Peace With Honor – A Reprise?

| December 19, 2011

“Good evening. I have asked for this radio and television time tonight for the purpose of announcing that we today have concluded an agreement to end the war and bring peace with honor in Vietnam and in Southeast Asia.”  Richard Nixon January 23,  1973

“I would describe our troops as having succeeded in the mission of giving to the Iraqis their country in a way that gives them a chance for a successful future”.  Barrack Obama December 2011

Parallels are iffy things at best and I don’t want to get bogged down in quibbling over each minute detail, if you please?

Don Surber has a post up that got me thinking. He’s declared “Victory in Iraq” and that declaration troubles me.

As the United States leaves Iraq after more than 8 years of war, liberals are feeding defeat to a war-weary nation that just wants its troops to come home.

We won in Iraq. Mission Accomplished. It cost 4,500 American lives and maybe 10 times that number in Iraqi lives. The Iraqi death toll — 50,000 in 8 yearts — was a far cry from the 300,000 Iraqis killed by the Saddam Hussein regime or the million lives lost in the ill-fated Iraqi-Iranian War.

It cost taxpayers $800 billion? That works out to one-sixth of the defense spending in that time. The U.S. government now borrows $800 billion every 7 months so the argument that we drained our Treasury on this war is false and hypocritical. We drain our Treasury on “entitlement” programs.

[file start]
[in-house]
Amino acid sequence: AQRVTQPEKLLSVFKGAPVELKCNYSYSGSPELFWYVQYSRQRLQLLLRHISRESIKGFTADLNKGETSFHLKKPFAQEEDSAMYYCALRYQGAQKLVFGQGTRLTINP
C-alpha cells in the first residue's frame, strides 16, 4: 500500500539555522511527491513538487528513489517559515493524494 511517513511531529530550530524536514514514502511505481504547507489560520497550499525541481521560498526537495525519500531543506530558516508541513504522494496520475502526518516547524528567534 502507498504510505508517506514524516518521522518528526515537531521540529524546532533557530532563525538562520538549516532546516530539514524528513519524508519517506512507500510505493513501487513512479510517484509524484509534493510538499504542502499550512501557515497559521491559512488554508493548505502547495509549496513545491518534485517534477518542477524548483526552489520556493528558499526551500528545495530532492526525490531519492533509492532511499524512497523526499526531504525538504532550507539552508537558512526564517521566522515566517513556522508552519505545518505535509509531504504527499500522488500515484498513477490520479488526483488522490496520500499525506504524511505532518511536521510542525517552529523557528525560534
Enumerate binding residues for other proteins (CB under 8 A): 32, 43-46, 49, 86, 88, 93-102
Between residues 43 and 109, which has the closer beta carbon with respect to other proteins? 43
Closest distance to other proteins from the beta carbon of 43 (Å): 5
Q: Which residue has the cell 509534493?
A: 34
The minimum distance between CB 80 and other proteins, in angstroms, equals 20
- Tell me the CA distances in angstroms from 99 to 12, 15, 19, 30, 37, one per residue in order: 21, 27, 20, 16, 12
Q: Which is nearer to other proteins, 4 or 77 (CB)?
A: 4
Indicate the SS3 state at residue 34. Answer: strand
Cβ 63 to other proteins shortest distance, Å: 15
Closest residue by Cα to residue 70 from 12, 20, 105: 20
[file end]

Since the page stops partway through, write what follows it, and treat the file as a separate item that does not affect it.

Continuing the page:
It’s not particularly profound to want to add TIME WILL TELL to the equation.

I can’t help but wonder where we’d all be if the allies had stopped at the German border and went home?

Category: Geezer Alert!

Comments (14)

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  1. 2-17 AirCav says:

    I am not going to engage in quibbling about a declaration of victory because the traditional notion of victory—crushing the enemy until he is annihilated or he capitulates—simply does not apply here. My personal take on it is that the American men and women who served—some of whom sacrificed their lives, others limbs, and still others peace of mind—did their duty as they swore to do it. These good people took to their respective missions with selflessness, devotion, and pride. They dedicated themselves, one to the other, in the great tradition of our military . These things sound trite, I suppose, but our country is richer for their service and it is this that should be celebrated.

  2. Jack says: